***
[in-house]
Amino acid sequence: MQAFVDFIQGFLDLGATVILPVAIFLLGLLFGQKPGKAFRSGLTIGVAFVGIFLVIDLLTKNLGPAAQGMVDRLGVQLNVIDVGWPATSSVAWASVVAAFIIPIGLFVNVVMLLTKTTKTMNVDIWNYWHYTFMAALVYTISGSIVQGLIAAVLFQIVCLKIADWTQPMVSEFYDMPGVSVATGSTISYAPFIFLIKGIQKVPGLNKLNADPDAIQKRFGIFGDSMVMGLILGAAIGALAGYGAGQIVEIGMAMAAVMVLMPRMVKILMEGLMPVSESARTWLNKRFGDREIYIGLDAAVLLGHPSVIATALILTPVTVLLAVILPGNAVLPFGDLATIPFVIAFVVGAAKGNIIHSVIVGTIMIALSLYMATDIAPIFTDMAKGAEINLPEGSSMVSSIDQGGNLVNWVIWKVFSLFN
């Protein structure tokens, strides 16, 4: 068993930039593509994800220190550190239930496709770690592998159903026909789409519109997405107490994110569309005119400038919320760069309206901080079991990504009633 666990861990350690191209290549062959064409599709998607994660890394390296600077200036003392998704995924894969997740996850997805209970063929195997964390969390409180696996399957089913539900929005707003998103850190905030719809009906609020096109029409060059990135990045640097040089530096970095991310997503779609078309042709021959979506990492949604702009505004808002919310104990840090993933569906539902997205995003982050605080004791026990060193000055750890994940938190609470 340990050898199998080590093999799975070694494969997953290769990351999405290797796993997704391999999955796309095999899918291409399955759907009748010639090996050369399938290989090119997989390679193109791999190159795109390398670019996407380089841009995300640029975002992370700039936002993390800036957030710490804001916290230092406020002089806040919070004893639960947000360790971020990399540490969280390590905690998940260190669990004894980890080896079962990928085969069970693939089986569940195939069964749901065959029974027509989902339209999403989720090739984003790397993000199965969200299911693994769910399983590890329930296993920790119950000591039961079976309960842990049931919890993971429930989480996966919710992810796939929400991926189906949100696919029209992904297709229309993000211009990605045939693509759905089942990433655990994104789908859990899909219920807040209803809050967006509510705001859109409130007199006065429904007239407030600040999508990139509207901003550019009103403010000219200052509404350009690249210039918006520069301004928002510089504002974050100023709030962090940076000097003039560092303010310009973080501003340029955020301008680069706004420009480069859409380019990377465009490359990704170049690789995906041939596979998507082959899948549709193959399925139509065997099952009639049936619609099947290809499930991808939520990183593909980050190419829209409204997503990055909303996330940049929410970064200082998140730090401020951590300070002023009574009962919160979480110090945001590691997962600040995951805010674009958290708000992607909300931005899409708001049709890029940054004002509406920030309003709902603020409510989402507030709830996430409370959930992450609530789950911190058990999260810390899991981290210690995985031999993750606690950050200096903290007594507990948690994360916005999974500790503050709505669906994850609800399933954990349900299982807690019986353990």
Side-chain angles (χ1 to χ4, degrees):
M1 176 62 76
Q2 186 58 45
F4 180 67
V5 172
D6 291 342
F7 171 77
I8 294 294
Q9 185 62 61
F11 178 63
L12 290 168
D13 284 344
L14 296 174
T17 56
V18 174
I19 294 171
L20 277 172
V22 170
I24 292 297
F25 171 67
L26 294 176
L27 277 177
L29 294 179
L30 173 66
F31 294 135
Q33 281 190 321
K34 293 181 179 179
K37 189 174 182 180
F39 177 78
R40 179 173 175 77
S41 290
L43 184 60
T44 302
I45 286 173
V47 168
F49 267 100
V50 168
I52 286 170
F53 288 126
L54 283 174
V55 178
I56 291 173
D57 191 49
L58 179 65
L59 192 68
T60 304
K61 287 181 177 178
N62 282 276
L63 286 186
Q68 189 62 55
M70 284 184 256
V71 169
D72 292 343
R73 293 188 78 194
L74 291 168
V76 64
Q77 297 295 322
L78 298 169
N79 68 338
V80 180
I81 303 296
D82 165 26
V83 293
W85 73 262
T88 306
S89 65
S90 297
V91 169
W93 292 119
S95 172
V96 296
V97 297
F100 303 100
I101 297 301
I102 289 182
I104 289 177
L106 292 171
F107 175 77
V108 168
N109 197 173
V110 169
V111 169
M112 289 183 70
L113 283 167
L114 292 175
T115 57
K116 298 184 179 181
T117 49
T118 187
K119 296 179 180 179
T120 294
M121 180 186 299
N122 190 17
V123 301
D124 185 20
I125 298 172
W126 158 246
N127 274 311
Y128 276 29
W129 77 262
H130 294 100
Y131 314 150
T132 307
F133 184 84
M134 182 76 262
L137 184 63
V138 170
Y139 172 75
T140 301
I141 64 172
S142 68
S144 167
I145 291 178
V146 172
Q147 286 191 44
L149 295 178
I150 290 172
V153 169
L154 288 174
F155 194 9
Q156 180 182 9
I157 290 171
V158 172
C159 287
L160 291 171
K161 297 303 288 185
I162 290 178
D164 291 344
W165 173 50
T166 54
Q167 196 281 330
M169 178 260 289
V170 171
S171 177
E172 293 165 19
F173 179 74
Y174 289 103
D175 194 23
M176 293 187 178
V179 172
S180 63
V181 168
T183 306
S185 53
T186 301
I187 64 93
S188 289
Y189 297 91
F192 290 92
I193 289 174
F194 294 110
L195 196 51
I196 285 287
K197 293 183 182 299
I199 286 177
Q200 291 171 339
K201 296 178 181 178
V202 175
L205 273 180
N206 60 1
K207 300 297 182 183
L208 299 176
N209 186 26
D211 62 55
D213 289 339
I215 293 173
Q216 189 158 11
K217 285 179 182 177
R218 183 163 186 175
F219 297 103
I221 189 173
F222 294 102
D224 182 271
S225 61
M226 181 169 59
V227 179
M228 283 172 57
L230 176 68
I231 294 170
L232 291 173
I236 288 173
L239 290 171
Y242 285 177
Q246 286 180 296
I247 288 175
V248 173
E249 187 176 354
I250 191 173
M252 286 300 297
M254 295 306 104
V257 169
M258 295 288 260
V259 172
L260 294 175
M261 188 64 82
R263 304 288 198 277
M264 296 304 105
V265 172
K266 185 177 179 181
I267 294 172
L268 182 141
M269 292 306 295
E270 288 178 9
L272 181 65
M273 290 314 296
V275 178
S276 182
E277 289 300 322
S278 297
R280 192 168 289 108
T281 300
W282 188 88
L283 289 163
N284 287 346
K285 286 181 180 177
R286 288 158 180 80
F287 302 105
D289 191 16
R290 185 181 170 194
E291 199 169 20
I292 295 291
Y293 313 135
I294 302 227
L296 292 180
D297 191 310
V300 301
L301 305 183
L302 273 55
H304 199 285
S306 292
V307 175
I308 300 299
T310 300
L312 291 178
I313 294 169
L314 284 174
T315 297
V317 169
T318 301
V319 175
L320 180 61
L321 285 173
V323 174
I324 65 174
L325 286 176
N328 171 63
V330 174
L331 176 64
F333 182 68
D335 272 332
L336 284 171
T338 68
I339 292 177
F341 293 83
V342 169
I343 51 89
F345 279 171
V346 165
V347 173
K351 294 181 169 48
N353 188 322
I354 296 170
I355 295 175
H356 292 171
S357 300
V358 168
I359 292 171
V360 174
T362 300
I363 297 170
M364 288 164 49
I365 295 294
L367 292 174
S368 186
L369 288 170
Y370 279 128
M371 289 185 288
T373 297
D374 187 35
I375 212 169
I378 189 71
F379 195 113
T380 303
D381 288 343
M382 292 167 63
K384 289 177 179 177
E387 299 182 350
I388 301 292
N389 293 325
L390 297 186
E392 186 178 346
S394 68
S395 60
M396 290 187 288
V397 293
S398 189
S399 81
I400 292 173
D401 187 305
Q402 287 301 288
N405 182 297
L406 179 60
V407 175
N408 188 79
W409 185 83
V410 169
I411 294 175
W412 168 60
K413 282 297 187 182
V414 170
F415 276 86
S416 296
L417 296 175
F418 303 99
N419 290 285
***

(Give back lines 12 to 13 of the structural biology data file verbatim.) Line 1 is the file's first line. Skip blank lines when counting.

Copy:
Q9 185 62 61
F11 178 63